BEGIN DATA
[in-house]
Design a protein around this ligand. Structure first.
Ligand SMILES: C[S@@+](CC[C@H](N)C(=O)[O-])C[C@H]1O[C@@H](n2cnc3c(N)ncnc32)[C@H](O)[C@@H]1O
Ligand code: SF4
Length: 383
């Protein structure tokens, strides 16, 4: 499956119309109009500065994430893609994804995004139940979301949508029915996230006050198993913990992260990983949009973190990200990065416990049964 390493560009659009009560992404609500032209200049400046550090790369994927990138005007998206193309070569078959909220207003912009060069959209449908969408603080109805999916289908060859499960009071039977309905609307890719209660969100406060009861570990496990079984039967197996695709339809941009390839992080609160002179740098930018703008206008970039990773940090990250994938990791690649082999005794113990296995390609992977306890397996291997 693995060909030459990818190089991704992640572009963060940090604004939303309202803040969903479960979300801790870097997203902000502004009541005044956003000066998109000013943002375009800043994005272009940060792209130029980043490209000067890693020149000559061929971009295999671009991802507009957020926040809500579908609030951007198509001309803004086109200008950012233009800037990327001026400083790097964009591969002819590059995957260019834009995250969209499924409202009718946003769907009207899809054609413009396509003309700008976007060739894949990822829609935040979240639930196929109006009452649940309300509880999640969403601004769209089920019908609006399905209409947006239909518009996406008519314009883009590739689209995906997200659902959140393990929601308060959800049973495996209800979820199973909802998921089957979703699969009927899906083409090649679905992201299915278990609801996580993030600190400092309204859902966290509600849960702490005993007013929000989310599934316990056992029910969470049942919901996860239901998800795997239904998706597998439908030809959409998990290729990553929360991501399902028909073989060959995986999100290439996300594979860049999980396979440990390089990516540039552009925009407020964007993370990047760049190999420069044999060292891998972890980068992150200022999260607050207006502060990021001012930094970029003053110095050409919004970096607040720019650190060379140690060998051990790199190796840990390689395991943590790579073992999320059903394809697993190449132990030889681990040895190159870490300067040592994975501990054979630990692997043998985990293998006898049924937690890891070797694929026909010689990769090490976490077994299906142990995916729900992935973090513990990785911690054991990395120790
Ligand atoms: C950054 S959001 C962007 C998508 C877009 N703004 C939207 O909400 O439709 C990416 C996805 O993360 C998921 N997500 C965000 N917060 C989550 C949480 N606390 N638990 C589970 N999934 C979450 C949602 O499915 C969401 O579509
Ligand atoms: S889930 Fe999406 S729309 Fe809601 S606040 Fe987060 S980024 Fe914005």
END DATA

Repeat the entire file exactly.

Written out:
[in-house]
Design a protein around this ligand. Structure first.
Ligand SMILES: C[S@@+](CC[C@H](N)C(=O)[O-])C[C@H]1O[C@@H](n2cnc3c(N)ncnc32)[C@H](O)[C@@H]1O
Ligand code: SF4
Length: 383
């Protein structure tokens, strides 16, 4: 499956119309109009500065994430893609994804995004139940979301949508029915996230006050198993913990992260990983949009973190990200990065416990049964 390493560009659009009560992404609500032209200049400046550090790369994927990138005007998206193309070569078959909220207003912009060069959209449908969408603080109805999916289908060859499960009071039977309905609307890719209660969100406060009861570990496990079984039967197996695709339809941009390839992080609160002179740098930018703008206008970039990773940090990250994938990791690649082999005794113990296995390609992977306890397996291997 693995060909030459990818190089991704992640572009963060940090604004939303309202803040969903479960979300801790870097997203902000502004009541005044956003000066998109000013943002375009800043994005272009940060792209130029980043490209000067890693020149000559061929971009295999671009991802507009957020926040809500579908609030951007198509001309803004086109200008950012233009800037990327001026400083790097964009591969002819590059995957260019834009995250969209499924409202009718946003769907009207899809054609413009396509003309700008976007060739894949990822829609935040979240639930196929109006009452649940309300509880999640969403601004769209089920019908609006399905209409947006239909518009996406008519314009883009590739689209995906997200659902959140393990929601308060959800049973495996209800979820199973909802998921089957979703699969009927899906083409090649679905992201299915278990609801996580993030600190400092309204859902966290509600849960702490005993007013929000989310599934316990056992029910969470049942919901996860239901998800795997239904998706597998439908030809959409998990290729990553929360991501399902028909073989060959995986999100290439996300594979860049999980396979440990390089990516540039552009925009407020964007993370990047760049190999420069044999060292891998972890980068992150200022999260607050207006502060990021001012930094970029003053110095050409919004970096607040720019650190060379140690060998051990790199190796840990390689395991943590790579073992999320059903394809697993190449132990030889681990040895190159870490300067040592994975501990054979630990692997043998985990293998006898049924937690890891070797694929026909010689990769090490976490077994299906142990995916729900992935973090513990990785911690054991990395120790
Ligand atoms: C950054 S959001 C962007 C998508 C877009 N703004 C939207 O909400 O439709 C990416 C996805 O993360 C998921 N997500 C965000 N917060 C989550 C949480 N606390 N638990 C589970 N999934 C979450 C949602 O499915 C969401 O579509
Ligand atoms: S889930 Fe999406 S729309 Fe809601 S606040 Fe987060 S980024 Fe914005």